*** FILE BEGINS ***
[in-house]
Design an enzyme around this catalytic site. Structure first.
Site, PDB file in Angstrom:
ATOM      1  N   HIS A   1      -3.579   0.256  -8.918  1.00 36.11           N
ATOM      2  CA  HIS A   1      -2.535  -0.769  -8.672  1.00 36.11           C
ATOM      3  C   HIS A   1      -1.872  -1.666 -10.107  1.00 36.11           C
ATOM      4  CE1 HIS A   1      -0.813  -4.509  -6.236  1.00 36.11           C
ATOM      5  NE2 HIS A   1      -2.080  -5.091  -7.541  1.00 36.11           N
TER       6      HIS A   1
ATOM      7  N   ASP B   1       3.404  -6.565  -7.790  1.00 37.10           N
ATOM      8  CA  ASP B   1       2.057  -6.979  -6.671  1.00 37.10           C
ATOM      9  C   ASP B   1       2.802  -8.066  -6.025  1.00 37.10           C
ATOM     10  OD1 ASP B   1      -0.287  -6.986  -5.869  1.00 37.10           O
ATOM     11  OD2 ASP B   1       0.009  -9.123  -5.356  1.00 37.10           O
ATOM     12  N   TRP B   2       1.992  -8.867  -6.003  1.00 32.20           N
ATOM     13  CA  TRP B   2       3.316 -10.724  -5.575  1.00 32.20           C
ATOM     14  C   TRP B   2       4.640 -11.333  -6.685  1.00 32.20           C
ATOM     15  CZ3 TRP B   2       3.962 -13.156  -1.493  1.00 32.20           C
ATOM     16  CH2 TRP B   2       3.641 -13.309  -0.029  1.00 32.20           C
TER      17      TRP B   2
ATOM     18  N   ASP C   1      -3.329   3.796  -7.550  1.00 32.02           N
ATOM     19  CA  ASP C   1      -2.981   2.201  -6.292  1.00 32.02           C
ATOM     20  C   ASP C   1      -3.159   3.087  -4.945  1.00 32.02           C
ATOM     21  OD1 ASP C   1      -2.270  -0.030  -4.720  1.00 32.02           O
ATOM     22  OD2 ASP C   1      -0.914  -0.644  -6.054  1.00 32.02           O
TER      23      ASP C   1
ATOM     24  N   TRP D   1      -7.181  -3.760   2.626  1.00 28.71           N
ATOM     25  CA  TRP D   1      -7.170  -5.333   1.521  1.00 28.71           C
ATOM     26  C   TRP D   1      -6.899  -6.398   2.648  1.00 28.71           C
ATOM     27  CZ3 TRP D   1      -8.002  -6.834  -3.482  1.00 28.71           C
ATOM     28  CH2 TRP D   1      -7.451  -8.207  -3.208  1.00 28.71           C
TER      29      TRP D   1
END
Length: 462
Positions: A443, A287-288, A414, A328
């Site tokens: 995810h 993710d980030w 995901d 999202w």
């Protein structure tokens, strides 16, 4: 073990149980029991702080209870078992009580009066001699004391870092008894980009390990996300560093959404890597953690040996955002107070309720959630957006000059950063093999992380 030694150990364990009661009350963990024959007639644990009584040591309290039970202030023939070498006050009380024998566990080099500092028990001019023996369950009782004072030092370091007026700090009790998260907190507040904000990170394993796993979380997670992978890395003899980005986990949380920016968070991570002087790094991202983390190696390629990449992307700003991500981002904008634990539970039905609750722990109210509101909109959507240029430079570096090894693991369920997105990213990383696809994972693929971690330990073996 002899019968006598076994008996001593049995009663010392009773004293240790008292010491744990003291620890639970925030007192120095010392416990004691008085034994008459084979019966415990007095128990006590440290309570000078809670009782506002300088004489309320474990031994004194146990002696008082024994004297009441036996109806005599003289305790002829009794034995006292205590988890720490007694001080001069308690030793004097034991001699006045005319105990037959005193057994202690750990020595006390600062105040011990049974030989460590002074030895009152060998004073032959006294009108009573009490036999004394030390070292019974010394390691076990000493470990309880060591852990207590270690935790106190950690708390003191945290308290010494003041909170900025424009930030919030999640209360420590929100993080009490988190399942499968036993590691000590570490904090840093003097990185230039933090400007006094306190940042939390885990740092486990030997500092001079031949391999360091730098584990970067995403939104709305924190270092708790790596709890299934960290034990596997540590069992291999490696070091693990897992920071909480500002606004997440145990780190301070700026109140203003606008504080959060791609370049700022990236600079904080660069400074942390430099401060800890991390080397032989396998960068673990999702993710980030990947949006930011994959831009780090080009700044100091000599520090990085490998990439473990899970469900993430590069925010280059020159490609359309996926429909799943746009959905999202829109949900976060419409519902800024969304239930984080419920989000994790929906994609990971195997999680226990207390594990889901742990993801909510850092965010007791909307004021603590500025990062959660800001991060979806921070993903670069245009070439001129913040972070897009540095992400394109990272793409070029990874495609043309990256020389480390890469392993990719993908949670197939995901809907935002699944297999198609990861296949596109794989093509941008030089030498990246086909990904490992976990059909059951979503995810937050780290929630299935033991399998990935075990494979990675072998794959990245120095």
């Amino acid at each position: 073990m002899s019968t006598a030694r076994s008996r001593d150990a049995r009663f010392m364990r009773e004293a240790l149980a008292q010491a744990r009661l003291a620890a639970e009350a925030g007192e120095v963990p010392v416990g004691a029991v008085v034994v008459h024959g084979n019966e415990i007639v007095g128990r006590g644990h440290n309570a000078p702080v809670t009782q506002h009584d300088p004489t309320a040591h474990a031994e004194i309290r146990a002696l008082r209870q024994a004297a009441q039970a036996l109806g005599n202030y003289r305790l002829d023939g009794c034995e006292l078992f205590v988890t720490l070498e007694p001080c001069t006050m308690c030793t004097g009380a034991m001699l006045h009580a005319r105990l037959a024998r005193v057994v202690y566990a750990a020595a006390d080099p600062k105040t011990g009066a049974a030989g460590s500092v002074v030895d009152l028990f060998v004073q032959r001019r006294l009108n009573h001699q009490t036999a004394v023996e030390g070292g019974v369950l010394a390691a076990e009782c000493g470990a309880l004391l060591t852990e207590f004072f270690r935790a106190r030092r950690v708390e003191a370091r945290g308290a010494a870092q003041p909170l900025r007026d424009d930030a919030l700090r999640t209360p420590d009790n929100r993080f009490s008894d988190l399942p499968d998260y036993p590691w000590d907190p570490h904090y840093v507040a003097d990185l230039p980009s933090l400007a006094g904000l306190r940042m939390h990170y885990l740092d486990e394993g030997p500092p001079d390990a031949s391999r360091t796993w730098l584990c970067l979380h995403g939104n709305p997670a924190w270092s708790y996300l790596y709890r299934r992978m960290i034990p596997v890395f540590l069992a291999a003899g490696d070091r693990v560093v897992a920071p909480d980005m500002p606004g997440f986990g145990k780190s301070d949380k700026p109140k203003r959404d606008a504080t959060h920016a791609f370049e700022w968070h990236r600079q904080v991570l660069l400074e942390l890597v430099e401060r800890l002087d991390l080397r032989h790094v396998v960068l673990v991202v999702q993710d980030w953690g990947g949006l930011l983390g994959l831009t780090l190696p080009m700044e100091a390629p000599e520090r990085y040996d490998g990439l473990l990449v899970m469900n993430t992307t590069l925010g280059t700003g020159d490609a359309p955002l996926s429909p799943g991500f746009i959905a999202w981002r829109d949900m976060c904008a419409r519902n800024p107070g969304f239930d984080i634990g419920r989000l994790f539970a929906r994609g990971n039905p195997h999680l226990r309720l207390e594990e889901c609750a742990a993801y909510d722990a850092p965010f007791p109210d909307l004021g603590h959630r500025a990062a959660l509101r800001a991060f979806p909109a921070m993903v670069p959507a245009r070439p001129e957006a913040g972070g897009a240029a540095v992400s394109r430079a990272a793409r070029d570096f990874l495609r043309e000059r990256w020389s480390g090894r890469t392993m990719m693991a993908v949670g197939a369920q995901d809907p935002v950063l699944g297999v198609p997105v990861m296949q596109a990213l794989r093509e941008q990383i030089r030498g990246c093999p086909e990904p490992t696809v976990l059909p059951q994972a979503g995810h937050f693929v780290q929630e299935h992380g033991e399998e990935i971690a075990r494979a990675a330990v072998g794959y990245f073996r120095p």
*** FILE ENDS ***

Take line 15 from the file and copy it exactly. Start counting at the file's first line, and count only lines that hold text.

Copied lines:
ATOM     12  N   TRP B   2       1.992  -8.867  -6.003  1.00 32.20           N